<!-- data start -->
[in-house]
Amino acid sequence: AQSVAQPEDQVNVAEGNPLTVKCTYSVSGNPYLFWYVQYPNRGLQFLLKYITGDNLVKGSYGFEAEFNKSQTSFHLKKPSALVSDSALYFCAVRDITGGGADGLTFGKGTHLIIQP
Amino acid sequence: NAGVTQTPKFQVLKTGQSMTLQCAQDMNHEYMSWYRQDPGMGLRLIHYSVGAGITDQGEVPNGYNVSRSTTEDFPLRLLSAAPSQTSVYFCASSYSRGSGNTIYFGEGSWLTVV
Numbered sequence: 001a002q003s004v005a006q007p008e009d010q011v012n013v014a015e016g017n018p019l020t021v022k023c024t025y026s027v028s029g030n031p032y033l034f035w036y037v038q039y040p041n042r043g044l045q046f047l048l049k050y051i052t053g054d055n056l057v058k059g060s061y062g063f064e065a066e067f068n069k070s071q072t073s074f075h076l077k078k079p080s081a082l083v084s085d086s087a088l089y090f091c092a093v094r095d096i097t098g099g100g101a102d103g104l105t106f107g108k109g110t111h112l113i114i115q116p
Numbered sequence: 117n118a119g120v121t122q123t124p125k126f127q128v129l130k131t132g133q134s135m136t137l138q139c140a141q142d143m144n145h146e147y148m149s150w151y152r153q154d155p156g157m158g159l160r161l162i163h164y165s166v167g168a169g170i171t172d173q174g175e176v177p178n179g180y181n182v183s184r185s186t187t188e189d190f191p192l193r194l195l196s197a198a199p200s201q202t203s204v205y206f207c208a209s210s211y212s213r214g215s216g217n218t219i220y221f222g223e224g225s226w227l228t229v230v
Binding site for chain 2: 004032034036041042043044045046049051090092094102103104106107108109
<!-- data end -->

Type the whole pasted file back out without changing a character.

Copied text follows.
[in-house]
Amino acid sequence: AQSVAQPEDQVNVAEGNPLTVKCTYSVSGNPYLFWYVQYPNRGLQFLLKYITGDNLVKGSYGFEAEFNKSQTSFHLKKPSALVSDSALYFCAVRDITGGGADGLTFGKGTHLIIQP
Amino acid sequence: NAGVTQTPKFQVLKTGQSMTLQCAQDMNHEYMSWYRQDPGMGLRLIHYSVGAGITDQGEVPNGYNVSRSTTEDFPLRLLSAAPSQTSVYFCASSYSRGSGNTIYFGEGSWLTVV
Numbered sequence: 001a002q003s004v005a006q007p008e009d010q011v012n013v014a015e016g017n018p019l020t021v022k023c024t025y026s027v028s029g030n031p032y033l034f035w036y037v038q039y040p041n042r043g044l045q046f047l048l049k050y051i052t053g054d055n056l057v058k059g060s061y062g063f064e065a066e067f068n069k070s071q072t073s074f075h076l077k078k079p080s081a082l083v084s085d086s087a088l089y090f091c092a093v094r095d096i097t098g099g100g101a102d103g104l105t106f107g108k109g110t111h112l113i114i115q116p
Numbered sequence: 117n118a119g120v121t122q123t124p125k126f127q128v129l130k131t132g133q134s135m136t137l138q139c140a141q142d143m144n145h146e147y148m149s150w151y152r153q154d155p156g157m158g159l160r161l162i163h164y165s166v167g168a169g170i171t172d173q174g175e176v177p178n179g180y181n182v183s184r185s186t187t188e189d190f191p192l193r194l195l196s197a198a199p200s201q202t203s204v205y206f207c208a209s210s211y212s213r214g215s216g217n218t219i220y221f222g223e224g225s226w227l228t229v230v
Binding site for chain 2: 004032034036041042043044045046049051090092094102103104106107108109